what you look for in a lesson barn?
So basically I found this awesome looking hunter/jumper barn that's only 2 hours away from me that I would love to take lessons at, but I wanted to make sure it's a great barn before I decide whether to take lessons there or not.
Soo... What do you look for in a good lesson barn? Specifically hunter/jumper. :lol: I'm a western rider, but I'm looking to learn how to ride English and eventually jump!
It's called Canterbrooke and it's located in Iowa... Anybody take there? Here's the link if anyone's bored and wants to tell me what they think ;) http://canterbrooke.com/default.aspx
When I look for a trainer, I like to watch a lesson or two and try to talk to the current students, find out what they like/don't like. I also look for a barn that is clean, clear of clutter, has healthy and appropriate horses. Then it's just to watch the lessons, see if I like the trainer's teaching style and think they have something to offer.
This place seems like a good start. Even their website is professional. The trainer is still very active in the industry and rides. I find that to be a huge bonus. That way if you have your own horse, they can get on and show you something if need be.
This is the kind of place I would look for.
I look for a place that has healthy look horse kept in a safe environment and that all the riders are wearing helmets. Their facility looks and sounds nice (heated barn sound especially great!)
The biggest thing is going to the barn and not only interacting with the trainer, but also the rest of the barn. For learning a new discipline you want to be comfortable in a place so you can focus. I have a friend that rides at a beautiful facility with great lesson horses, but often feels uncomfortable with some of the teenage show team members who are always hanging around the barn. She's in her early twenties and hasn't riden since she was in her early teens and feels like she's being sized up.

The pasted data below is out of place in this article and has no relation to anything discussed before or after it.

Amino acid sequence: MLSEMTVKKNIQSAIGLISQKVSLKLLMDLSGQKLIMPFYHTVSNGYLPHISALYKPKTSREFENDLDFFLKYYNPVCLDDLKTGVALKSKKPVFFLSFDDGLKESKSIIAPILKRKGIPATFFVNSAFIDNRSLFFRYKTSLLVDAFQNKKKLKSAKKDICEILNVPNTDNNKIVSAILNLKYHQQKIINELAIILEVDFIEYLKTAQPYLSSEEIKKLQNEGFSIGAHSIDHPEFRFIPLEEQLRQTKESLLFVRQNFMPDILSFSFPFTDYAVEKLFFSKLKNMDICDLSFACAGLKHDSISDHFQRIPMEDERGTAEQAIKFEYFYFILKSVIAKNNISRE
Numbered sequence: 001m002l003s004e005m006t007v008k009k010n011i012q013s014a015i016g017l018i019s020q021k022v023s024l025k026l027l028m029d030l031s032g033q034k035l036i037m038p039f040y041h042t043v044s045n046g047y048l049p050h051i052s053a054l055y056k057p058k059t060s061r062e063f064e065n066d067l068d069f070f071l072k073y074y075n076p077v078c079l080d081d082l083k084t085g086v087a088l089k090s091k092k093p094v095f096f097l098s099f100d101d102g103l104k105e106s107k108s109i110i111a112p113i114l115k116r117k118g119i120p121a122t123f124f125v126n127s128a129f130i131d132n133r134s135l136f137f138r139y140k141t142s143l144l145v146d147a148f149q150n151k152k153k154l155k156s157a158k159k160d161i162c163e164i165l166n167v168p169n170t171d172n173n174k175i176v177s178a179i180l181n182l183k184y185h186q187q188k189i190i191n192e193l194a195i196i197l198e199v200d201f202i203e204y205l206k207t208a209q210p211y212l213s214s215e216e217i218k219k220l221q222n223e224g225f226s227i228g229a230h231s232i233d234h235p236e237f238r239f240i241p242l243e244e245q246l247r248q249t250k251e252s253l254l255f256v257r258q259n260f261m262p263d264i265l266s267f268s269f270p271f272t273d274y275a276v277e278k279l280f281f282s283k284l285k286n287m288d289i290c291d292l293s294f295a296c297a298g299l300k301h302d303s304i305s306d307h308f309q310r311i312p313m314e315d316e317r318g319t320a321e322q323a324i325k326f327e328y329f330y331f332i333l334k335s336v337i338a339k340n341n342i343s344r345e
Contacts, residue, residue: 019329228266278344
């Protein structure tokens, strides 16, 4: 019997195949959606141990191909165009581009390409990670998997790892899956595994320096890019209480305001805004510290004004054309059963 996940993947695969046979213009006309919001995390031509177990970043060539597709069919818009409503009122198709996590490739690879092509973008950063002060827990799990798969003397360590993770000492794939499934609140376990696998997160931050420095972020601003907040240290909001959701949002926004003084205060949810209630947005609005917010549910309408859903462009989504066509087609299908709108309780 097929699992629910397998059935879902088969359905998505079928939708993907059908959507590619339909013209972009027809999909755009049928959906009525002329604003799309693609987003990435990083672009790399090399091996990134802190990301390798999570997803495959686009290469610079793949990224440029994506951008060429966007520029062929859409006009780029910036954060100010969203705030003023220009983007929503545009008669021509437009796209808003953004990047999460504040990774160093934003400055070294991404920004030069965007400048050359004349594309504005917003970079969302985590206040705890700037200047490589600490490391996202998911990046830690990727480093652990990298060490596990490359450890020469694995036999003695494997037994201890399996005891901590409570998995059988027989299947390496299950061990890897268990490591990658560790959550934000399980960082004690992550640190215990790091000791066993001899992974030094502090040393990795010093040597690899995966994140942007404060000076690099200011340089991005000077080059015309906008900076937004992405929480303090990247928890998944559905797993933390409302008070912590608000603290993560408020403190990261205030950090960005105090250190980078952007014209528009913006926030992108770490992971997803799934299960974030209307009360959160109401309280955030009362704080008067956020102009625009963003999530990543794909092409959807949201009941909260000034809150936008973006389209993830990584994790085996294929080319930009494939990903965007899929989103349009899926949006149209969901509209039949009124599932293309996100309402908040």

Also, look at the flexibility of lessons. I'm in college and have periods of time when I can't get out to the barn for regular lessons. My trainer works for me because I'm able to schedule lessons same day or the day before if I'm able to free up my schedule. Some barns have trainers that go to shows a lot and are not always available for weekend lessons and I can name a few trainers in my area that will be gone for about months in the winter, showing in Florida and in the summer their Vermont; they have another trainer brought in, but it can get annoying.
Finally, not only check for if they have healthy/happy looking horses, but also that they have a horse that's suitable for your size and level available to ride if you don't own a horse.
Pretty much agree with the other posts :). I look for well kept horses, good weight, normal clean stalls. If my eyes water as soon as I walk in, the stalls aren't being cleaned properly. General unclutter understanding that as people ride, things end up on the floor or on stalls etc. The important part is lookng at the safety of where tools, ie shopvels, wheelbarrows etc, are kept. AS for instructors, that is always a hard one as having instructors with different styles can be a bonus. Watch a lesson or two in your age group with different instructors. Are the instructors mechanical in their teaching or do they have fun? Some teach just to teach but you can tell they don't really enjoy it..these are the ones I would avoid. While some upper level riders may have that need for the stern mechanical style, as a beginner (english anyway), it isn't a crime to have fun in the lesson. As an example, at the barn I ride at, the lessons for the kids are more structured where for the adults, the lesson is a little looser but still educational. I ride in a group of, hmm, let's just say riders over the age of 40, and we jokingly refer to ourselves as the geriatric group :)
You won't know unless you go there and sit in during a lesson. Make sure you feel comfortable and happy there :)
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